Reproductive Health Discrimination

    SB 523 adds a new provision to the Fair Employment and Housing Act (“FEHA”), prohibiting discrimination based on an employee’s reproductive health decision-making.  Employers, therefore, may not take adverse employment actions based on an employee’s decisions to use or access particular drugs, products, or medical services for reproductive health.

    Pay Scale and Pay Reporting

    The California legislature continues its push to address pay disparities for female and minority employees by passing SB 1162.  Starting January 1, 2023, employers are required to include the anticipated pay scale information for the position on any job posting, including recruiter postings.  Employers must also provide this information to applicants upon request.  Employers with 15 or more employees are also required to provide current employees with pay scale information for the employees’ current position upon request.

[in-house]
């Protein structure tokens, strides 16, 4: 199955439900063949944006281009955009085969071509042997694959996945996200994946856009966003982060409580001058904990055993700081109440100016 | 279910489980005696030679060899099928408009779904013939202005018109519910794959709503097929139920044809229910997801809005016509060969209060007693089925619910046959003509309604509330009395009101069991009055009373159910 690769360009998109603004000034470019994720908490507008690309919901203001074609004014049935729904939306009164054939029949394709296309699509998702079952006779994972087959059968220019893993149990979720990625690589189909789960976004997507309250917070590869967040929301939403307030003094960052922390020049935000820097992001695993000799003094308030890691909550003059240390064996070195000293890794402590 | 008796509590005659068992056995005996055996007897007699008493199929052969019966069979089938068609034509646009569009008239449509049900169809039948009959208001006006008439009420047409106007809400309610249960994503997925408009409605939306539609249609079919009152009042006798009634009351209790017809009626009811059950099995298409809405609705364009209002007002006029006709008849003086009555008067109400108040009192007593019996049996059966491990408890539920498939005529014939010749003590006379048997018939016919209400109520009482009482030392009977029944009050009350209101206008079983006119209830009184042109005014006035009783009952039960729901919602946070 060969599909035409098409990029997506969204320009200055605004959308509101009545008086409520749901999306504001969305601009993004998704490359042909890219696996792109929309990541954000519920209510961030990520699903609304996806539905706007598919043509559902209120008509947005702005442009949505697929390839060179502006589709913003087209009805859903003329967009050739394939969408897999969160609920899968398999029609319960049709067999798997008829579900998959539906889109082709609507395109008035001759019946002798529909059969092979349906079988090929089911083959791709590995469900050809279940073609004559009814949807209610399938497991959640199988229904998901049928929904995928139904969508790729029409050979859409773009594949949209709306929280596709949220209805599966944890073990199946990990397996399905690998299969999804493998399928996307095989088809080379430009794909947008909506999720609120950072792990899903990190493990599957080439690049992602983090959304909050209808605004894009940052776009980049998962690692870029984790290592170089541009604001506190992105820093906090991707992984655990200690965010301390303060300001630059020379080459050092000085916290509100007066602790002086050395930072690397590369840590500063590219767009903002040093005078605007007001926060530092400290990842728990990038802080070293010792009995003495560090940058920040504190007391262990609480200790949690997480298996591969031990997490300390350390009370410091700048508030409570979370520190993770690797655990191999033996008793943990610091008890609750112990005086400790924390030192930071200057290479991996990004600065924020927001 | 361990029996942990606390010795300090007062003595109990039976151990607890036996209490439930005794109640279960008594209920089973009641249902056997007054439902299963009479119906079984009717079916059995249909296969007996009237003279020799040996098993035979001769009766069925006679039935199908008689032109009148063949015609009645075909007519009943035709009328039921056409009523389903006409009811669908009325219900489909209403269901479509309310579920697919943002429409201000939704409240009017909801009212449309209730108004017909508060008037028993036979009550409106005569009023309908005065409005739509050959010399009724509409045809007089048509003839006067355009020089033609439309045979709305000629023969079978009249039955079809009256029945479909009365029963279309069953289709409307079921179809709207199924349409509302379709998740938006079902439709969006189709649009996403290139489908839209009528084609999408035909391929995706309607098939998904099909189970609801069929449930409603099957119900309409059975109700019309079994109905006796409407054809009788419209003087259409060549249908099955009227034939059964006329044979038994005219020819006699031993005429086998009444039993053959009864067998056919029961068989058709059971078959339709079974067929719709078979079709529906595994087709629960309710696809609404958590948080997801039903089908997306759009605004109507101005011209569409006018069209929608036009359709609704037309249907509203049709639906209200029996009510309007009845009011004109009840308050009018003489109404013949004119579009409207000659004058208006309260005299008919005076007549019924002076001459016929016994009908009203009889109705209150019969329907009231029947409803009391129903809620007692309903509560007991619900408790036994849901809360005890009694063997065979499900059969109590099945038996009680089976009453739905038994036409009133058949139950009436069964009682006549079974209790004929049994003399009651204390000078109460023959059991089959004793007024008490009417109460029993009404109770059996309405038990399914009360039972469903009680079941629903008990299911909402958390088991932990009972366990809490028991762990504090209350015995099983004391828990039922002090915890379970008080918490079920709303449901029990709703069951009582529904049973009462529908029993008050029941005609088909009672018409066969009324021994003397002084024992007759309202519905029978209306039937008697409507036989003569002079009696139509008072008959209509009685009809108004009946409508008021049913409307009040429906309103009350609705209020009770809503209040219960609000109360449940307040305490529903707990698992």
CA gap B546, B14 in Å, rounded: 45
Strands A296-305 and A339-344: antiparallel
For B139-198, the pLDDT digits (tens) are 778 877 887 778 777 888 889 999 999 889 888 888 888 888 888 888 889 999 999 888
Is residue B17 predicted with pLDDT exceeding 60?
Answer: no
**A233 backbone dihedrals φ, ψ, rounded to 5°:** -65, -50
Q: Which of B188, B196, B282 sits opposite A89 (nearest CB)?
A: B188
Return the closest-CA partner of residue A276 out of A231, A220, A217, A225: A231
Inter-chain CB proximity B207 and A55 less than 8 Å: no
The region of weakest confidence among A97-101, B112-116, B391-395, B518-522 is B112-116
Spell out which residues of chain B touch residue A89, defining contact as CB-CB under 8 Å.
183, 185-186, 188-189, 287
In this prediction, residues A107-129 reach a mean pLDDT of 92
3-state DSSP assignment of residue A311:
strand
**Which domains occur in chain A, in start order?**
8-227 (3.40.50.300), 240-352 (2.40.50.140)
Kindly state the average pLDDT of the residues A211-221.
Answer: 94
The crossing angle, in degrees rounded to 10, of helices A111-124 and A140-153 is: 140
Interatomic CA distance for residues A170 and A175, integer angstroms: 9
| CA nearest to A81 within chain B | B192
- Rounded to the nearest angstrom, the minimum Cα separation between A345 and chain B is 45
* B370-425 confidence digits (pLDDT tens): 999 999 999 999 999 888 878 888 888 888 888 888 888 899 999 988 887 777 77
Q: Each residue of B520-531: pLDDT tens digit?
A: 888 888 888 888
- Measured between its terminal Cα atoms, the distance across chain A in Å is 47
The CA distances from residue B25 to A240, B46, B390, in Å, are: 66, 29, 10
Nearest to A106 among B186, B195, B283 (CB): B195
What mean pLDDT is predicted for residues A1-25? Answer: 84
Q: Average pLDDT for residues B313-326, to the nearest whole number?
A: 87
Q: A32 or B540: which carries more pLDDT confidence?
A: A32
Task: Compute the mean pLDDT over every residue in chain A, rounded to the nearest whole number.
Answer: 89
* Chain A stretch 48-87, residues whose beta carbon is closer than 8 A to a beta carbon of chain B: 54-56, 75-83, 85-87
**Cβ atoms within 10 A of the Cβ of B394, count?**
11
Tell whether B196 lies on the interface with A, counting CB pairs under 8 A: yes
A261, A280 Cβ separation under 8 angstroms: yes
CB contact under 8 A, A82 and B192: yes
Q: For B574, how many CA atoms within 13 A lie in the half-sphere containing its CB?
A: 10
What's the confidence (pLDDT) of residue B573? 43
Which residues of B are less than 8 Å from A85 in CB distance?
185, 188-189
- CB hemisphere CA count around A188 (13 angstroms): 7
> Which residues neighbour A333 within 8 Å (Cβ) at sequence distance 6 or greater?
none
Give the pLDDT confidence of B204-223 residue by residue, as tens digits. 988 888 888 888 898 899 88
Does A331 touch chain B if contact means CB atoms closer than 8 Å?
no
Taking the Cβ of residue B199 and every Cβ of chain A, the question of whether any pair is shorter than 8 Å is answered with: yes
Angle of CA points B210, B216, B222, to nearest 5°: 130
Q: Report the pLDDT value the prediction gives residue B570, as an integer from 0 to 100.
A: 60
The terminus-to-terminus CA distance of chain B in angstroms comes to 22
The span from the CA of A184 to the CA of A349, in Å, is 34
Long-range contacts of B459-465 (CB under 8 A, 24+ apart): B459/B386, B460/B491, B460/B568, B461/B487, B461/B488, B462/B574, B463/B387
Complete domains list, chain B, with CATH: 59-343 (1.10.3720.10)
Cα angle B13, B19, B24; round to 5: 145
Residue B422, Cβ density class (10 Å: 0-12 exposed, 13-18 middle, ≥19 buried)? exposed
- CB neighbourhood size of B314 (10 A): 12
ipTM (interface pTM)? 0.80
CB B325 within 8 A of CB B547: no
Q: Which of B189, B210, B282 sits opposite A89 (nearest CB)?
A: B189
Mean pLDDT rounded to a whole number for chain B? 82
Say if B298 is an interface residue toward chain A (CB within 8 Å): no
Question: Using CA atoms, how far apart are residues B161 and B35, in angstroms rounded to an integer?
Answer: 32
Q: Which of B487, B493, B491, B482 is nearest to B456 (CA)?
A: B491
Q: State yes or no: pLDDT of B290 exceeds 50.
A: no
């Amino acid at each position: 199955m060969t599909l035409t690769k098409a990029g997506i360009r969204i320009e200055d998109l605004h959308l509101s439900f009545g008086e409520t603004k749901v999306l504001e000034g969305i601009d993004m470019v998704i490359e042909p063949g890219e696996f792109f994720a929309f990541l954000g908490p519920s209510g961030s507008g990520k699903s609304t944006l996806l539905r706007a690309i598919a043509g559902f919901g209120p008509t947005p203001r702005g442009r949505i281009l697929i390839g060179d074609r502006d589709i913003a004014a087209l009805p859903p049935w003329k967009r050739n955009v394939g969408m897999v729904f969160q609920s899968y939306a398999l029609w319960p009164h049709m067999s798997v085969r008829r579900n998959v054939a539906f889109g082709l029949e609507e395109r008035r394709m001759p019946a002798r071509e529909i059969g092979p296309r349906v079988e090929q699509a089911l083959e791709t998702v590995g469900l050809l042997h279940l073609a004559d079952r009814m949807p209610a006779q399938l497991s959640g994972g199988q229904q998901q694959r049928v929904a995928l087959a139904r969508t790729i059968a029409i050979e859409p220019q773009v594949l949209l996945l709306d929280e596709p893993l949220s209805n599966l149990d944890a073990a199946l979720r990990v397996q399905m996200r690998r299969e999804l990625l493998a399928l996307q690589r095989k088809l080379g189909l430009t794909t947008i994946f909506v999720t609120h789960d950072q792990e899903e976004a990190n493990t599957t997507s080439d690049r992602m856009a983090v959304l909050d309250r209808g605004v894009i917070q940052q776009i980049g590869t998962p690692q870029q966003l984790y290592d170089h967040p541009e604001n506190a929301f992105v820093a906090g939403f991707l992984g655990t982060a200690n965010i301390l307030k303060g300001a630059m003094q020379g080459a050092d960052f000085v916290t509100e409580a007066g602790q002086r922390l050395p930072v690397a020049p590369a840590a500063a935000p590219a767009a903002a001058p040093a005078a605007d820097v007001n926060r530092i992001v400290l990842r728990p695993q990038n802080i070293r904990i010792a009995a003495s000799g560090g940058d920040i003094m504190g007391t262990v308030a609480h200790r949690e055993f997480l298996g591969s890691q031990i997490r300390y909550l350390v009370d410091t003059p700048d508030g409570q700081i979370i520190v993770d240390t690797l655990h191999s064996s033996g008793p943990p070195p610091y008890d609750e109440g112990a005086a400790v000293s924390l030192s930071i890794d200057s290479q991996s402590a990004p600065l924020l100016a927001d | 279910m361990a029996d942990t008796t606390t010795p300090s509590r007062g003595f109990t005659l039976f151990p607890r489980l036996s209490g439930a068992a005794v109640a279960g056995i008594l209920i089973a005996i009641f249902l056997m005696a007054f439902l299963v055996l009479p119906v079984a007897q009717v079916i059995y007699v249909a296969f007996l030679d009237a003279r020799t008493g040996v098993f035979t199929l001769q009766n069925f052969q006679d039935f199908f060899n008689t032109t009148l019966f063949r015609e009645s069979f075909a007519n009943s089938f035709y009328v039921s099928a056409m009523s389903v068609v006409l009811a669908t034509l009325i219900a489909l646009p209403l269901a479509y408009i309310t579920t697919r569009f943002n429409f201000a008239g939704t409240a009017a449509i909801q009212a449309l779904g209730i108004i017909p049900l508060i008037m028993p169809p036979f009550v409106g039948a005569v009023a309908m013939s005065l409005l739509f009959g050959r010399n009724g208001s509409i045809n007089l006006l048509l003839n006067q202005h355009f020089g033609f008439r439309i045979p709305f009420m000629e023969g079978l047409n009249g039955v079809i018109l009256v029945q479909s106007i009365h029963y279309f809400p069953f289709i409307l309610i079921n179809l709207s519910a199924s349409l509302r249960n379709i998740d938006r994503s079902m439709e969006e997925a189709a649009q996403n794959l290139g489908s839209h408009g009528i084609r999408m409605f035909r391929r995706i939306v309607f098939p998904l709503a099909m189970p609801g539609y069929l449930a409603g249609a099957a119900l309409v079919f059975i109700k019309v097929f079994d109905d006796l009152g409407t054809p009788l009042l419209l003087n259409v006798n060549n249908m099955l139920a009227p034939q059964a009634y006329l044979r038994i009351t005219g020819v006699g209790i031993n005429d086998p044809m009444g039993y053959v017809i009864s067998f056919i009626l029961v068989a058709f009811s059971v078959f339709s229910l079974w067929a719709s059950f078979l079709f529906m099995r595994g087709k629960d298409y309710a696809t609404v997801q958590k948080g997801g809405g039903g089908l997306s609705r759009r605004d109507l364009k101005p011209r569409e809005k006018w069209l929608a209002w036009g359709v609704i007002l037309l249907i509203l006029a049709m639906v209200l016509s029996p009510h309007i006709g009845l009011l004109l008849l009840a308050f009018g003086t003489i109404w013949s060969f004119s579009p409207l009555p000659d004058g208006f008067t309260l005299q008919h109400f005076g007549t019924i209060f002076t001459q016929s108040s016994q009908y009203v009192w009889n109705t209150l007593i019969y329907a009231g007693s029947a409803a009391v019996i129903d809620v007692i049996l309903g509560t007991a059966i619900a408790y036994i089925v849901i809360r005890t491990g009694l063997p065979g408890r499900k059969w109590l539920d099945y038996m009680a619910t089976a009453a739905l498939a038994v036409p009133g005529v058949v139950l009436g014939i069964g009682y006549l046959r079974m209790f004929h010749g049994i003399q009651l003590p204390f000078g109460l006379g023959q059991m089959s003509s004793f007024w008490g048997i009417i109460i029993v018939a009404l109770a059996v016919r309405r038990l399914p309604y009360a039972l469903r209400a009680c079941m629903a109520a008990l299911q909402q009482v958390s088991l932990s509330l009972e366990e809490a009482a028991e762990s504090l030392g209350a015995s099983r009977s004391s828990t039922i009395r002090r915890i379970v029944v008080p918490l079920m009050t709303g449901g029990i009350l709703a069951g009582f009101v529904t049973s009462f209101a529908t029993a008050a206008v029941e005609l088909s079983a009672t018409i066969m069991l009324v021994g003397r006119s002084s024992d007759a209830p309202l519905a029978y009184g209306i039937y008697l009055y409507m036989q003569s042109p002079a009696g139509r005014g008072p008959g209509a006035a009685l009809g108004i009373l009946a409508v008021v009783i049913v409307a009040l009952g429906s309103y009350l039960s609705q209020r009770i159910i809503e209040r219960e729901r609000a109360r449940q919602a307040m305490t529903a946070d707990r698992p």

SB 1162 also expands reporting requirements for employers with 100 or more employees.   In additional to existing reporting requirements for employee information based on race, ethnicity and sex by job-title category, employers must also report the median and mean hourly rate within each job category, for each combination of race, ethnicity, and sex. 

    Workplace Safety

    In late 2021, several workers at an Illinois Amazon location were killed when a tornado caused the warehouse to collapse.  Employees complained that Amazon required them to remain at the warehouse despite tornado warnings in the area.  More recently, Amazon suspended over fifty employees who refused to work following a fire at a New York warehouse.  California passed SB 1044 in response to these types of incidents.  SB 1044 prohibits employers from taking adverse employment action against employees who leave work based on a reasonable belief that the workplace is unsafe.  Employers also cannot prevent employees from using mobile phones or other communication devises to contact emergency services, assess the safety of the situation, or communicate with others regarding their safety.

    COVID-19 Regulations